Things seem to be always getting faster. The jump cuts introduced on early MTV seem about as rapid-fire as a bingo game these days, while the flood of new bands that jammed everyone’s dinky radars back in the early ’90s would probably be a drop in the bucket compared with today’s ever-expanding musical bandwidth.
Codeine, a band that fermented in the Boston and New York scenes in the early ’90s, has never seemed fast no matter what the perspective. Fans who were there from the start and fans that picked up on the trio years after their short career (1989 to 1994) was over were faced with the same fact: Codeine played its music very slow. Even the album covers made apparent that the concept scaled to all degrees, from the celestial “Frigid Stars” to the architecture-gawking “Barely Real,” and the stark tree trunk of “The White Birch.” Everything loomed large and methodical through Codeine’s lens.
Codeine (bassist-singer Stephen Immerwahr, guitarist John Engle, and drummer Chris Brokaw) was a Sub Pop band during the heyday of alternative rock, and carved out a small niche that created its own legacy. The band’s supremely understated tempos, pinpoint precision, dissonant guitars, and numbly recited vocals gave rise to a style eventually called “slow-core,” exemplified in different ways by bands such as Bedhead, Low, and the Boston-based Galaxie 500. If grunge crossovers took punk scuzz and draped it over pop songcraft, Codeine stretched it into chamber forms, casting sheets of dissonance in slow motion while extending chord progressions into almost subliminal processes. The approach lent meditative and suspenseful qualities to Immerwahr’s searching lyrics, such as,
“If I could be the angel/ If I could be the prettiest girl/ Every tear you’ve ever cried would all be turned to pearls,” from “The Promise of Love.”
The archival label Numero Group has just released a deluxe set (“When I See the Sun”) reissuing the band’s two albums and one EP along with a hefty supply of B-sides, outtakes, and demos over six LPs (or three CDs). And Codeine has reunited to celebrate, already pulling off a string of European performances and gearing up for a US run, including Boston Saturday night at the Brighton Music Hall.
Engle says the process of relearning the patient material has been more difficult than expected, recalling a cousin offering encouraging words about not needing to practice much for music like this. “I reminded her how difficult it is to get back up on an extremely slow-moving bicycle.”
Brokaw says onlookers would often ask if they played slowly because that’s all they could do. “It was as if they thought we rolled out of bed playing really slowly, which I suppose is possible, but it’s not what happened,” he says. Brokaw himself has given ample evidence to the contrary with his subsequent career as a guitarist in the abrasive Boston-based rock band Come (for which he eventually left Codeine), and as a drummer in The New Year and even with the notoriously rowdy G.G. Allin.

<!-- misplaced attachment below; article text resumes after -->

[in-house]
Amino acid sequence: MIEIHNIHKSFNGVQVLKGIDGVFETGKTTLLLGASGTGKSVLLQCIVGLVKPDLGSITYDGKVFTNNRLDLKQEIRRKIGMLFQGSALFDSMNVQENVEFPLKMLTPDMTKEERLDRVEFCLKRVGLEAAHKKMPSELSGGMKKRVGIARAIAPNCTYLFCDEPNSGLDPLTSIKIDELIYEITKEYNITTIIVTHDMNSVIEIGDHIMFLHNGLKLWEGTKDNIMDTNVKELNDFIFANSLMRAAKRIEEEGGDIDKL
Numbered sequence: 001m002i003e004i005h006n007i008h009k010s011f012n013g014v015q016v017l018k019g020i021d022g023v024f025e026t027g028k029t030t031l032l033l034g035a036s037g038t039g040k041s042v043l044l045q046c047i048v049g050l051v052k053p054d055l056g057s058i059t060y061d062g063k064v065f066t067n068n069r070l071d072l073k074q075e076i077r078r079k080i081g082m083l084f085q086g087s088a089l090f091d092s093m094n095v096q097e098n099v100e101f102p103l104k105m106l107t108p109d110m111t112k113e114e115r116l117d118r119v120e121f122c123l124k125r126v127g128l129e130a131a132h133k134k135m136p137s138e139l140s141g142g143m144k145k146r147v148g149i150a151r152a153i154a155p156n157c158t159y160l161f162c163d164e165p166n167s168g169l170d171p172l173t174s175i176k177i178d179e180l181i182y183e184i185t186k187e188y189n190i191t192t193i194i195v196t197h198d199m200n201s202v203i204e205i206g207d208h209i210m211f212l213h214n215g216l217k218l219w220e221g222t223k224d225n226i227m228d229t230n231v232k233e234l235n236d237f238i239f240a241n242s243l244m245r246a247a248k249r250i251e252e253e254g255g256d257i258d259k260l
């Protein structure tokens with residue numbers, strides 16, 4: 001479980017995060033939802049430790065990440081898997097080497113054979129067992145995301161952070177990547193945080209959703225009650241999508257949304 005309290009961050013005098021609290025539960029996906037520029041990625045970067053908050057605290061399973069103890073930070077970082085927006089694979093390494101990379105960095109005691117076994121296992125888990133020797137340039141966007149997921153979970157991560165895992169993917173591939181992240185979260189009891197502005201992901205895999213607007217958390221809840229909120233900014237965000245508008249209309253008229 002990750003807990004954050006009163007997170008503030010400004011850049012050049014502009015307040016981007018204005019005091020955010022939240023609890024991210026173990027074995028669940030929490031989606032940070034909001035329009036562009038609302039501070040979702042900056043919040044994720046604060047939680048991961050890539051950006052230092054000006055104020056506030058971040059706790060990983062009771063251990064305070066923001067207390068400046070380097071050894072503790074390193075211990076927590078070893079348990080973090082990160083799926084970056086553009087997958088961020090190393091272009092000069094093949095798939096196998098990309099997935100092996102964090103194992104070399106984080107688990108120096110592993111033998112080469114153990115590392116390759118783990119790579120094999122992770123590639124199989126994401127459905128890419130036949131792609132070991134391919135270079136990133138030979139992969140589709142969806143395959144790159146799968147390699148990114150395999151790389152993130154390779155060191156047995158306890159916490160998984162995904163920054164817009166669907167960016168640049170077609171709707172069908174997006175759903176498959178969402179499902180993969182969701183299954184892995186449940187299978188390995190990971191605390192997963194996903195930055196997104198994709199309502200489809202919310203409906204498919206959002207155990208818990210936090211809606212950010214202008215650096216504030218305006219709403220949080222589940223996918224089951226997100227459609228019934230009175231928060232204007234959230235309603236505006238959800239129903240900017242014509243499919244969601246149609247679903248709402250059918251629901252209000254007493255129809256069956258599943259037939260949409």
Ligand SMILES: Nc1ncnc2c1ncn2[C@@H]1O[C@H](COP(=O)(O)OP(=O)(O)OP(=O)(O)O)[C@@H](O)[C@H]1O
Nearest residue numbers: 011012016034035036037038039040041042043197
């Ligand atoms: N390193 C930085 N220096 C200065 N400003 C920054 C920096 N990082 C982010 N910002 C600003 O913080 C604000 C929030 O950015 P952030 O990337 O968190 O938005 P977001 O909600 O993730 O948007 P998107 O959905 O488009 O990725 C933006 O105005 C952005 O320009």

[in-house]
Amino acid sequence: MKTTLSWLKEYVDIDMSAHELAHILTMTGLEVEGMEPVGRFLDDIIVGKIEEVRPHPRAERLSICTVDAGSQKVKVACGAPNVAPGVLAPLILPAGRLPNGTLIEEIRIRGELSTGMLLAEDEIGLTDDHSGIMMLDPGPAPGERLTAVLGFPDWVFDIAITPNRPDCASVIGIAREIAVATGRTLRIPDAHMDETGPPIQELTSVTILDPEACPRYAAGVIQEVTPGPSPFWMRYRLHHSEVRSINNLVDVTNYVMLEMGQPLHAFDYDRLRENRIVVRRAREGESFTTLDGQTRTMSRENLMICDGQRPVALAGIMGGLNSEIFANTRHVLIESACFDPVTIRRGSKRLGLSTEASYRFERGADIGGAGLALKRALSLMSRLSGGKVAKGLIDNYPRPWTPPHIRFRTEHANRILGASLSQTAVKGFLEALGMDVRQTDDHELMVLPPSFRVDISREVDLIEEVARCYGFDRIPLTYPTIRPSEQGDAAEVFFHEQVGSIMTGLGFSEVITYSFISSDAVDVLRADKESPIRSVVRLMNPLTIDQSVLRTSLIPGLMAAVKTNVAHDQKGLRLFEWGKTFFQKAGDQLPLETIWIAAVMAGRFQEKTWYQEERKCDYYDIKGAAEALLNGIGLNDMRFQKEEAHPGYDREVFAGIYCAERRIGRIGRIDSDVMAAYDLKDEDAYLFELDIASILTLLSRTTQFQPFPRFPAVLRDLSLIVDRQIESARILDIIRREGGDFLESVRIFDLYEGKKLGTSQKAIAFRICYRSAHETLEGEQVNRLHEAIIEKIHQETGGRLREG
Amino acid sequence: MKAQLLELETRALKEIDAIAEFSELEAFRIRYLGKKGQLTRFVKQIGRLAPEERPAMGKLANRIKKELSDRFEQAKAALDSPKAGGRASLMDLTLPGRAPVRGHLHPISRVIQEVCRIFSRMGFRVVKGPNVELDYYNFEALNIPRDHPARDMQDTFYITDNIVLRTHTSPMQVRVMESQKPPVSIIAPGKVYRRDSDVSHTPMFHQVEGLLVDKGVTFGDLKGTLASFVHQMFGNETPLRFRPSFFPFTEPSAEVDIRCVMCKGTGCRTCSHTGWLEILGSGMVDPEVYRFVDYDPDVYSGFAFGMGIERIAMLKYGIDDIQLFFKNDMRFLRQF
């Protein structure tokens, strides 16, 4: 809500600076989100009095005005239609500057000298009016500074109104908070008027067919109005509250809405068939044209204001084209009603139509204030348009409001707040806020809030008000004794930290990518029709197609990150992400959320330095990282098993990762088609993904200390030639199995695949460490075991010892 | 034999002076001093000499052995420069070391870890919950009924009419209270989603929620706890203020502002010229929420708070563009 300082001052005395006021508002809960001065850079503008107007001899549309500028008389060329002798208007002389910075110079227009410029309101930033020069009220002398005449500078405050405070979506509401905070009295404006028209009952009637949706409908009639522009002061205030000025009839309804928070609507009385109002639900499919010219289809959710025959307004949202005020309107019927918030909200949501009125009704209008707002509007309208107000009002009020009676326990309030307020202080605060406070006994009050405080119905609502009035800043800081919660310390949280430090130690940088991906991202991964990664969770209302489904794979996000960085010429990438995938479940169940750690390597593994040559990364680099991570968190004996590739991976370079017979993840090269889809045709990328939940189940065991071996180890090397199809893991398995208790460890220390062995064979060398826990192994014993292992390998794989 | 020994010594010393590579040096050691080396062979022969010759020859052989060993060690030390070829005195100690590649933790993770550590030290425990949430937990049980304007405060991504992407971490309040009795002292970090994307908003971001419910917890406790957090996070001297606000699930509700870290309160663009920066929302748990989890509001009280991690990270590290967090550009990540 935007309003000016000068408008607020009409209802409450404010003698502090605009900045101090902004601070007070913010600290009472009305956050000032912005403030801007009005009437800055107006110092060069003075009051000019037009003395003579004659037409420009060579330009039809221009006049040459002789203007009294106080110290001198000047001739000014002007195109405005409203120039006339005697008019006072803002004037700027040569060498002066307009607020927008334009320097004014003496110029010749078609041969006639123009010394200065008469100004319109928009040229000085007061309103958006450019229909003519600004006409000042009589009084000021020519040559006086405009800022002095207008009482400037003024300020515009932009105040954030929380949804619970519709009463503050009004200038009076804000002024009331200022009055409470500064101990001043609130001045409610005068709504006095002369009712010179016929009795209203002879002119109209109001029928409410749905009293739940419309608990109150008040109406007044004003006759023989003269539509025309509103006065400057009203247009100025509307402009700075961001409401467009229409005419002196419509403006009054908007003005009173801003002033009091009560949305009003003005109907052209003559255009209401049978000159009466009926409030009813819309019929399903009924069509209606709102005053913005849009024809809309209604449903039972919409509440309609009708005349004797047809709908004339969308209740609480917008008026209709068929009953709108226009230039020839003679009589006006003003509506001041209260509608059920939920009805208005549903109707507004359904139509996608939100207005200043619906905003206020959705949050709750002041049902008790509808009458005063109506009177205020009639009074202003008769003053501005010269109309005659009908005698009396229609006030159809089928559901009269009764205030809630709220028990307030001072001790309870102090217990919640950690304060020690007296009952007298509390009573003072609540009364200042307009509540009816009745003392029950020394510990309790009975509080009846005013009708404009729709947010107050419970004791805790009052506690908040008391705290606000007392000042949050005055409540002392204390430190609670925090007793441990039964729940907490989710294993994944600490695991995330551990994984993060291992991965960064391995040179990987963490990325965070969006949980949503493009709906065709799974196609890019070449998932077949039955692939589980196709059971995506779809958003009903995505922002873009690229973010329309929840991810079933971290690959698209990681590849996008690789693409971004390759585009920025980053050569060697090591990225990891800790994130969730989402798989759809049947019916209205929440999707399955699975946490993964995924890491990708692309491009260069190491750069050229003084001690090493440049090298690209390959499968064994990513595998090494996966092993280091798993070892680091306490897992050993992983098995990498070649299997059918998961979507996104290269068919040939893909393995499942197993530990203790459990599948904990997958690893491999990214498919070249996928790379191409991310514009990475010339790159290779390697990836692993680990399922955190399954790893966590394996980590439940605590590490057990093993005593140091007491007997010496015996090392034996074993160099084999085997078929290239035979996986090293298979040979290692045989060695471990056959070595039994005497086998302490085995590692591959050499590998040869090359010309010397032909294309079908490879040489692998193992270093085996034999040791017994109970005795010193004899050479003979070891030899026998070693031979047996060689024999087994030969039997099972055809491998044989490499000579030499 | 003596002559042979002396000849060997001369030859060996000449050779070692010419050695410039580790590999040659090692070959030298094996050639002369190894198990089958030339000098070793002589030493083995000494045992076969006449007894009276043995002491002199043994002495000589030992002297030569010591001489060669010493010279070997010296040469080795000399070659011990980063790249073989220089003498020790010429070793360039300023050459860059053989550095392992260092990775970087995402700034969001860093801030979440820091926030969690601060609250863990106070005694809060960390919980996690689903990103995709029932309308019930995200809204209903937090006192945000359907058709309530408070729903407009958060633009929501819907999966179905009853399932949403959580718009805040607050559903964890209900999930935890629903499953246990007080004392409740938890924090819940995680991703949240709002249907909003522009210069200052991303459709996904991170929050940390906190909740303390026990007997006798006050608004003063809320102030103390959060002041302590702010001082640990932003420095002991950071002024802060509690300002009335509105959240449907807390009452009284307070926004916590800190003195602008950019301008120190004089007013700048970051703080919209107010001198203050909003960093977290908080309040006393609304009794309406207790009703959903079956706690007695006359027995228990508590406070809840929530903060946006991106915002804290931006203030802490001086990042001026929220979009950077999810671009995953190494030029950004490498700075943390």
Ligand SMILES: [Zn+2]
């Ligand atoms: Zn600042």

Engle says the approach was always a means to an end. “The whole style really conveyed what it was that Steve wanted to get across, which was kind of a feeling of immobility and distance,” he says.
It was the singular design of the band that made breaking up a decision that had to come sooner rather than later. “Our direction was fairly prescribed,” says Immerwahr. “We didn’t want it to be like ‘On their fourth record, Codeine goes in a new direction!’ That’s not really what we were trying to do.”
Instead, that end left a tidy body of work for fans to live with ever since. There were no hits, exactly, so high spots come from audience’s experiences: great moments that evolve over time and whispered lyrics that seem to have been suspended in silence for years. It’s taken what the band might have worried about being a hollow production and turned it on its head.
“When we played the first time around, we could safely say that people had been listening to our songs for six months,” says Engle. “Now, someone out there has been listening to these songs for 20 years. We certainly felt that on this past tour.”
It’s almost the perfect tag to the band’s output — a harmonic resolution that took decades to come around.
The city moves closer and closer to losing beloved alt-radio beacon WFNX, with the latest step toward the precipice being Saturday night’s “We Want the Airwaves: A WFNX Tribute” blowout at the Paradise. The night includes performances by O Positive, Orbit, Garvy J, and Parlour Bells, plus sets from past and present FNX DJs Paul Driscoll, Adam 12, Bruce McDonald, Duane Bruce, and Mike Gioscia, who will spin sets throughout the night. Organizers also promise a clip from the upcoming documentary “We Want the Airwaves,” produced by former FNX stafefrs. Proceeds go to the Progeria Research Foundation. . . . Current king of the freaks Walter Sickert leads his Army of Broken Toys to Somerville club Radio on Sunday to host a “Monster Masquerade” show (costumes are thoroughly encouraged). The creaky circus of junked punk alt-everything brings along local theater-friendly groups Jaggery and Bent Knee. . . . Finally, Hogwarts faves Harry and the Potters, the bespectacled wizard tribute band, look to celebrate their 10th anniversary on Friday night at the secluded Eliot Tower at the top of Great Blue Hill in the Blue Hills Reservation (that’s in Milton). Fans will meet at the trail head at 5:30 p.m. for a quick hike up to the top, then take in a mighty view and magical singalong with the band.